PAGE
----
Meet Toronto - One of Chicago's Sister Cities
Sister Cities are cities that are twinned geographically and politically with one another. The goal of forming a relationship with another is to foster human contact and cultural interchange. Chicago is a sister city of Toronto. Other sister cities of Toronto include Frankfurt, Germany and Chongqing, China.
Like Chicago, Toronto has a large multi-ethnic population where a wide variety of faiths are practiced. Toronto and Chicago also have other likenesses including:
- Toronto - 2.5 million
- Chicago - 2.8 million
- Both cities are located in a humid continental climate zone with four distinct seasons being warm and humid in the summer and cold in the winter.
- Toronto is located on the shore of Lake Ontario and is intersected by two rivers
- Chicago is located on the tip of Lake Michigan with two rivers flowing either partially or entirely through the city
- Toronto is a major international centre for business and finance and is generally considered the financial capital of Canada
- Chicago is a major world financial center, with the second largest central business district in the U.S.
- The Great Toronto Fire of 1904 destroyed a large section of downtown Toronto, and caused more than $10 million in damage
- The Great Chicago Fire of 1871 destroyed one third of the city
Great Sports Cities:
- Toronto - Toronto Blue Jays, Toronto Maple Leafs, Toronto Raptors, Toronto Argonauts (Canadian Football League), Toronto Rock (National Lacrosse League)
- Chicago - Chicago Cubs, Chicago White Sox, Chicago Bulls, Chicgo Blackhawks, Chicago Bears
Both City's National Hockey League (NHL) teams, The Toronto Maple Leafs and the Chicago Blackhawks are members of the original six NHL teams.
About 49% of Toronto's population were born outside of Canada, making it one of the world's most diverse cities. Over 140 languages and dialects are spoken in Toronto, and just over 30 percent of the city's residents speak a language other than English or French at home.
In 2004, the United Nations Development Programme ranked Toronto second behind Miami, in its list of the world's cities with the largest percentage of foreign-born population.
In 2006, the top five visible minority groups in Toronto were:
- South Asians making up 12.0 per cent;
- Chinese at 11.4 per cent;
- Black at 8.4 per cent;
- Filipino at 4.1 per cent;
- Latin American at 2.6 per cent.
After English, the top 5 mother tongues spoken in 2006 were:
- Tagalog (Filipino)
Neighbourhoods such as Koreatown, Chinatown, Little Jamaica, Greektown, Portugal Village and Corso Italia are examples of Toronto's large ethno-cultural population.
If you ever go to Toronto, you will find there is not a shortage of things to do. Besides the numerous restaurants, theatres, shopping centers and an endless list of events and festivals to attend, below are some main attractions that Toronto has to offer.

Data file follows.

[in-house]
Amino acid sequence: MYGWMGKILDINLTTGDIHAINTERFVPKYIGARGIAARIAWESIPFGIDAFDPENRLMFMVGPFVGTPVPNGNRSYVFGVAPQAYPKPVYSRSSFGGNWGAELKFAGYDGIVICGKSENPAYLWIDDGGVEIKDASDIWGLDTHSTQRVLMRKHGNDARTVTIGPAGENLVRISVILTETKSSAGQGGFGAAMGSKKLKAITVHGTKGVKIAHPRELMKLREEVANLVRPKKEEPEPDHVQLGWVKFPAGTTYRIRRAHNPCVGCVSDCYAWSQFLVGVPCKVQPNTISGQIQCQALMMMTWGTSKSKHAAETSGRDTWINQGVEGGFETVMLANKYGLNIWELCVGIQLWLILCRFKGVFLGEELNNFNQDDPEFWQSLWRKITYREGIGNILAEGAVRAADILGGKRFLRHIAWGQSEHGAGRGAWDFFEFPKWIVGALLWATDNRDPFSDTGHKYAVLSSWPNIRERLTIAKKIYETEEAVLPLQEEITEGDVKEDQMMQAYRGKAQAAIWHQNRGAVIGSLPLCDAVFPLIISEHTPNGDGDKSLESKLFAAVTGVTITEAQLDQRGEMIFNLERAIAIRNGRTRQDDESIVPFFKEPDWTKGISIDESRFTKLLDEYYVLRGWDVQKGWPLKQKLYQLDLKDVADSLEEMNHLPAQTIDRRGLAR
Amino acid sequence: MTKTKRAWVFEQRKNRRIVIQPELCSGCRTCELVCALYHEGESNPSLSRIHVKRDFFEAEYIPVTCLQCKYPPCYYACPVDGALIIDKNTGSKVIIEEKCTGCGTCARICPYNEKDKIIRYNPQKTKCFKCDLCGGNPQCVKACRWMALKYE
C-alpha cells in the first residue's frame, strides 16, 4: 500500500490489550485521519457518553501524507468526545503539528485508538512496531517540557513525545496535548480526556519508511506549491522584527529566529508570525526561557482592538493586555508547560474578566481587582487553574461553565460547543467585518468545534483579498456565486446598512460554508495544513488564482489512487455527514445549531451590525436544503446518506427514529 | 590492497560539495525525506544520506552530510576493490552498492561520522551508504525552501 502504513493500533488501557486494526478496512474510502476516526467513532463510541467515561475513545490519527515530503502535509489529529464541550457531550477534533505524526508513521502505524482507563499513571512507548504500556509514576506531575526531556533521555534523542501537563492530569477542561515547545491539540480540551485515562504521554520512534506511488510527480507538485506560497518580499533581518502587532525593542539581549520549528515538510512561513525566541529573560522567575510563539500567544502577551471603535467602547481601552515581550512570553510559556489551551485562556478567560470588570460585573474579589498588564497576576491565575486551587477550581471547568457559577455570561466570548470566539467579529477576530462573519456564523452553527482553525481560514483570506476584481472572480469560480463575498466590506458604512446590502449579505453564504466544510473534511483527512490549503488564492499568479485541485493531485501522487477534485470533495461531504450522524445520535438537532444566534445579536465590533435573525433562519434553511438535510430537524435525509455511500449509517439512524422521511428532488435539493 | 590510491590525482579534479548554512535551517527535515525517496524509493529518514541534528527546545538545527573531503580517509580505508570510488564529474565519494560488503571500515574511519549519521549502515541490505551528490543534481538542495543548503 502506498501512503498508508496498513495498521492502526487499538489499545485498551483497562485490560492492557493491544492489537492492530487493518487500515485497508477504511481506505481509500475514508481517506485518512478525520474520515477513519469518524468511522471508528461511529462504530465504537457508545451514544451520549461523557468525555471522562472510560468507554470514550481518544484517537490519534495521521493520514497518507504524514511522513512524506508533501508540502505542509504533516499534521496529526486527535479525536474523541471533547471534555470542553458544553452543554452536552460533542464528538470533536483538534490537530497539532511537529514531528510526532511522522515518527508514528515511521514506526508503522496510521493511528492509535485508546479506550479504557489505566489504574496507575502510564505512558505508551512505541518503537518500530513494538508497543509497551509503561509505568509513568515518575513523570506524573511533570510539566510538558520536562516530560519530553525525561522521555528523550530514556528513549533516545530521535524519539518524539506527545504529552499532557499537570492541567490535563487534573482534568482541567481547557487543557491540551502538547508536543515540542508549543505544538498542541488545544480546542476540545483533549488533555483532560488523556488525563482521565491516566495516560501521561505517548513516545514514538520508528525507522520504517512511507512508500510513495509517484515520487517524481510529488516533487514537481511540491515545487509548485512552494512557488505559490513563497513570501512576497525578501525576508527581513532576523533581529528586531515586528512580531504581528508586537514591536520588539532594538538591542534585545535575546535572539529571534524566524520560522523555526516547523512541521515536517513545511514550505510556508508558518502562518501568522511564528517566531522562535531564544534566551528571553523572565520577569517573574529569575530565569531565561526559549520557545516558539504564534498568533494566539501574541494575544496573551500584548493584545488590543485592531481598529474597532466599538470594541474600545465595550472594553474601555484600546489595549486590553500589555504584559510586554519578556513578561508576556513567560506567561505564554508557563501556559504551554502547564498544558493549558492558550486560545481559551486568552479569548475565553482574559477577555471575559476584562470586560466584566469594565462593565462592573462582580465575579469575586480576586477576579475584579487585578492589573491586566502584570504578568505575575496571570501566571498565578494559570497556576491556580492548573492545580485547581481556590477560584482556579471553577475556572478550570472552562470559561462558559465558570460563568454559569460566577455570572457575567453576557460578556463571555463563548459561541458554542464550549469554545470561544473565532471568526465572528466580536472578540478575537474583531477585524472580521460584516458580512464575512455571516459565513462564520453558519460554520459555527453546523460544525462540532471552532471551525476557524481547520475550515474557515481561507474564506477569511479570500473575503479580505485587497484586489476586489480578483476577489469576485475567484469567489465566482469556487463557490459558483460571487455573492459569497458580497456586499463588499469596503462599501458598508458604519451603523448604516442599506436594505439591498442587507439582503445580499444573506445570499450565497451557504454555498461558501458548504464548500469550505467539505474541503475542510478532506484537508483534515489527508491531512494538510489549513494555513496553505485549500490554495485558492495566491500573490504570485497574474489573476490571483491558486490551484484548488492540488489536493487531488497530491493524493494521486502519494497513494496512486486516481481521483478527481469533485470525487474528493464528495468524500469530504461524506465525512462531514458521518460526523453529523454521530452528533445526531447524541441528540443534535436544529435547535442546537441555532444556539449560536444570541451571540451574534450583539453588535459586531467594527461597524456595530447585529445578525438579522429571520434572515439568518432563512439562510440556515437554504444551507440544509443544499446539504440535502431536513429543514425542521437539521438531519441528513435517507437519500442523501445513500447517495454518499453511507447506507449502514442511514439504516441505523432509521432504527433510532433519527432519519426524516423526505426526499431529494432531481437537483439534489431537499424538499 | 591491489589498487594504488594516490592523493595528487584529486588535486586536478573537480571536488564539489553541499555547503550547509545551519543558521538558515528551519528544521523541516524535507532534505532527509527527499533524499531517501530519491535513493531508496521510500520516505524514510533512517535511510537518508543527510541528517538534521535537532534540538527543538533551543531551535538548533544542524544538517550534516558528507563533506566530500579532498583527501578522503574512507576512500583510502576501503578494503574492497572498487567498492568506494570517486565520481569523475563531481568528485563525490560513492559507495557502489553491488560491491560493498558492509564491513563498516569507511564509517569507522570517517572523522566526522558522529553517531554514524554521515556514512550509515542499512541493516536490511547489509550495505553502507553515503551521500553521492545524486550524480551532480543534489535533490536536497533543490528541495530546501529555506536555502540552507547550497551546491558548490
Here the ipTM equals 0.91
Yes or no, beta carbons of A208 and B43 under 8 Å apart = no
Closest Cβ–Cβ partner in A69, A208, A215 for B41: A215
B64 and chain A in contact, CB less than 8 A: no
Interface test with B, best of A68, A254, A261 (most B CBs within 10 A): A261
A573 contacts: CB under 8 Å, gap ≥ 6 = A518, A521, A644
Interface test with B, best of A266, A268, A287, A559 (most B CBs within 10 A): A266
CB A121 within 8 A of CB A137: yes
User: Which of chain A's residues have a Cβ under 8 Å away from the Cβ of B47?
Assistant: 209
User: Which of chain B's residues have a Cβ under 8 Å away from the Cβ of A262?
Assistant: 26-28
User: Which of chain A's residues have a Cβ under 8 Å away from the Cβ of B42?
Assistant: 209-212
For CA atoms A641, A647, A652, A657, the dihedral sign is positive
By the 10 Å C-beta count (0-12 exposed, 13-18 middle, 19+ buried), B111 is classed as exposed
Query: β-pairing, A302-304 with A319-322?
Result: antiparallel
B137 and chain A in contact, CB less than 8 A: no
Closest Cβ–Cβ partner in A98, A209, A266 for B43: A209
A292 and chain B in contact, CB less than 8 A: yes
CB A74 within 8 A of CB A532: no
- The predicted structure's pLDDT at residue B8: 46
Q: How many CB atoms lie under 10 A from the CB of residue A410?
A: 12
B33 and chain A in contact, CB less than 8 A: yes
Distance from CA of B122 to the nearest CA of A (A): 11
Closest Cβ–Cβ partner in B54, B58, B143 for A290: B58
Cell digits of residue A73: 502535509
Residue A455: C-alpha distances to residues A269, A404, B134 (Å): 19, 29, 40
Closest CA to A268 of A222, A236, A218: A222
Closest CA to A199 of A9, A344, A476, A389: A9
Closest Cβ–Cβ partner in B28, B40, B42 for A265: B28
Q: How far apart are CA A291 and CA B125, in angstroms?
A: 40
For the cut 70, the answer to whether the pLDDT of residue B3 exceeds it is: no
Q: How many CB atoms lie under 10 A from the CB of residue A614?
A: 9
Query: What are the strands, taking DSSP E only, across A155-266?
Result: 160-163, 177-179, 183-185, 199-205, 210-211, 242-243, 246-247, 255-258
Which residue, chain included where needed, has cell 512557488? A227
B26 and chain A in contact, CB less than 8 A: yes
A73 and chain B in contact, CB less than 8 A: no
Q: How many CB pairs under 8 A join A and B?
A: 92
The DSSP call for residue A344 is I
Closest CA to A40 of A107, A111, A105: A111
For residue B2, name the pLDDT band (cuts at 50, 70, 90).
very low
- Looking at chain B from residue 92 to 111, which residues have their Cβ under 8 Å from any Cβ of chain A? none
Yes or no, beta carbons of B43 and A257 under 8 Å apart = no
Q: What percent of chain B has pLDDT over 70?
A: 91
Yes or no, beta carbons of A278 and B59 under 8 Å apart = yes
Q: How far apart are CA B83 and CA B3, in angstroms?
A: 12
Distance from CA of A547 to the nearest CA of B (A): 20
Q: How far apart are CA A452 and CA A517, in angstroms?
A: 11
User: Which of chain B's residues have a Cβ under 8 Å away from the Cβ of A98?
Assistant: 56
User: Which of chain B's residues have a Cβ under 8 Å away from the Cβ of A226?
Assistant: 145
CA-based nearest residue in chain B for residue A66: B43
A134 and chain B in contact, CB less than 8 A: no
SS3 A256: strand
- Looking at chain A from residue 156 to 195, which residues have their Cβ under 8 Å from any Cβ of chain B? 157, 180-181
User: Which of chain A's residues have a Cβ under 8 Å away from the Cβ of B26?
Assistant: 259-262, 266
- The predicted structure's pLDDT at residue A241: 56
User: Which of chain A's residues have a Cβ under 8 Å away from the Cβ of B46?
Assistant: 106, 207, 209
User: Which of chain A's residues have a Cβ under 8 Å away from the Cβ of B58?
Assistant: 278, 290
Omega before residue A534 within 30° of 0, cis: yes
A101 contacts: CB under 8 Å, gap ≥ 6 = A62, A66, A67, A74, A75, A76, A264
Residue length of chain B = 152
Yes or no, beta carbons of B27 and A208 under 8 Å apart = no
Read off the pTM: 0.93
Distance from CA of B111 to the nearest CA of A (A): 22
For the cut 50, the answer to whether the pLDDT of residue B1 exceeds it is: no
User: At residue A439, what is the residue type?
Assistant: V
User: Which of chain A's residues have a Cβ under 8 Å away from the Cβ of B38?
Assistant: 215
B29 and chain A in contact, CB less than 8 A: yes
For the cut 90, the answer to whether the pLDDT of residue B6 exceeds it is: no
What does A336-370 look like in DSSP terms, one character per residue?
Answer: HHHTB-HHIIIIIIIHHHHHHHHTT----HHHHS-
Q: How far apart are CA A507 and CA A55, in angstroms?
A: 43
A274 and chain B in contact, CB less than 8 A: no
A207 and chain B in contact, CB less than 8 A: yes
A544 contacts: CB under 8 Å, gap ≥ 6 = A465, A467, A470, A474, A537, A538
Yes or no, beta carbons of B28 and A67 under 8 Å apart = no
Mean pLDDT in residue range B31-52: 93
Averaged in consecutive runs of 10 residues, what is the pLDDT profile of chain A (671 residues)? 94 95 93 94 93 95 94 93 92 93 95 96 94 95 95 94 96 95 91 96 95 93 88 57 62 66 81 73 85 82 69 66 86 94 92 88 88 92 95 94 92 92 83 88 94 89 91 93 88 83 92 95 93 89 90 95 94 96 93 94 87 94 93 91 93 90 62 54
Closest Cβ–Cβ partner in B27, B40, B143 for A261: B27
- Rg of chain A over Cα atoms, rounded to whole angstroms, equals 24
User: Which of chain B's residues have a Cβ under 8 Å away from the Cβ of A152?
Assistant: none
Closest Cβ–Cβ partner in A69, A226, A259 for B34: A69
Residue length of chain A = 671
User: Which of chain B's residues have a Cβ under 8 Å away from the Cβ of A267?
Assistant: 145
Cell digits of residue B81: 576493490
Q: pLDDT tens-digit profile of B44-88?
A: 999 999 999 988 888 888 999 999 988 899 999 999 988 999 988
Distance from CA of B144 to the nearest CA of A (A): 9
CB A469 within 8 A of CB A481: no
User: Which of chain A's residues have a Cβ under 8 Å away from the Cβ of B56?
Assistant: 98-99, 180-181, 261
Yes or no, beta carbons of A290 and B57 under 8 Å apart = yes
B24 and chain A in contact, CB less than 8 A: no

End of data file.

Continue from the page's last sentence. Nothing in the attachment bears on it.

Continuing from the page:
The CN Tower
The CN Tower is a communications and observation tower and stands at 1,815 ft.. It held the world record for 30 years for the world's tallest building, tower, and freestanding structure. It is located in downtown Toronto. On a clear day, visitors to the CN Tower's observation deck can see over 100 miles -- that's all the way to Niagara Falls and across Lake Ontario to New York State. It was recently nominated as one of the Seven Wonders of the Modern World.
The Toronto Zoo
The Toronto Zoo is home to over 5,000 animals in their natural environment. The zoo covers 710 acres, making it one of the largest zoos in the world. The Toronto Zoo is divided into six zoogeographic regions: Indo-Malaya, Africa, the Americas, Australasia, Eurasia and the Canadian Domain. Some popular attractions at the zoo include: the 10-acre Tundra Trek, the Gorilla Rainforest and Zellers Discovery Zone which includes Kids Zoo and Splash Island.
Only a 10-minute ferry ride from the foot of Yonge Street, the Toronto islands offer a panoramic view of the city skyline. Centre Island offers miles of parkland with beaches, barbecues and picnic tables, boat rentals, bicycle paths, a children's farm and even an amusement park. Included in the Toronto Islands is Centre Island which comprise the largest urban car-free community in North America (some service vehicles are permitted).
Hockey Hall of Fame
The Hockey Hall of Fame includes many interactive exhibits for both kids and adults alike. There is also a replica NHL dressing room, trophy room and a gift shop and is home to the Stanley Cup. The Hall of Fame also includes "World of Hockey Zone" which is a 3,500 square-foot area dedicated to the global game, including World and Olympic competition and profiles on all International Ice Hockey Federation (IIHF) Member Countries. The Hockey Hall of Fame is located in Brookfield Place in downtown Toronto.
St. Lawrence Market
Food and Wine magazine considers St. Lawrnece Market to the one of the world's best 25 food markets. It is located in the historic Old Town Toronto neighbourhood at Jarvis and Front Streets. There are over 50 gourmet food vendors and over a dozen lunch counters. The Market Gallry showcases archival art and photographs from the City's collection. it is also home to the 200-year-old Saturday Farmers' Market and Sunday Antique Market.
Of course, the above attractions are only the tip of the iceberg. You would need to spend days in this great city to take in all of their wonderful attractions and all the city has to offer.
A Livable City
One more fact about Toronto - Because of the city's low crime rates, clean environment, high standard of living, and friendly attitude to diversity, Toronto is consistently rated as one of the world's most livable cities but has also been ranked ranked as the most expensive Canadian city in which to live.
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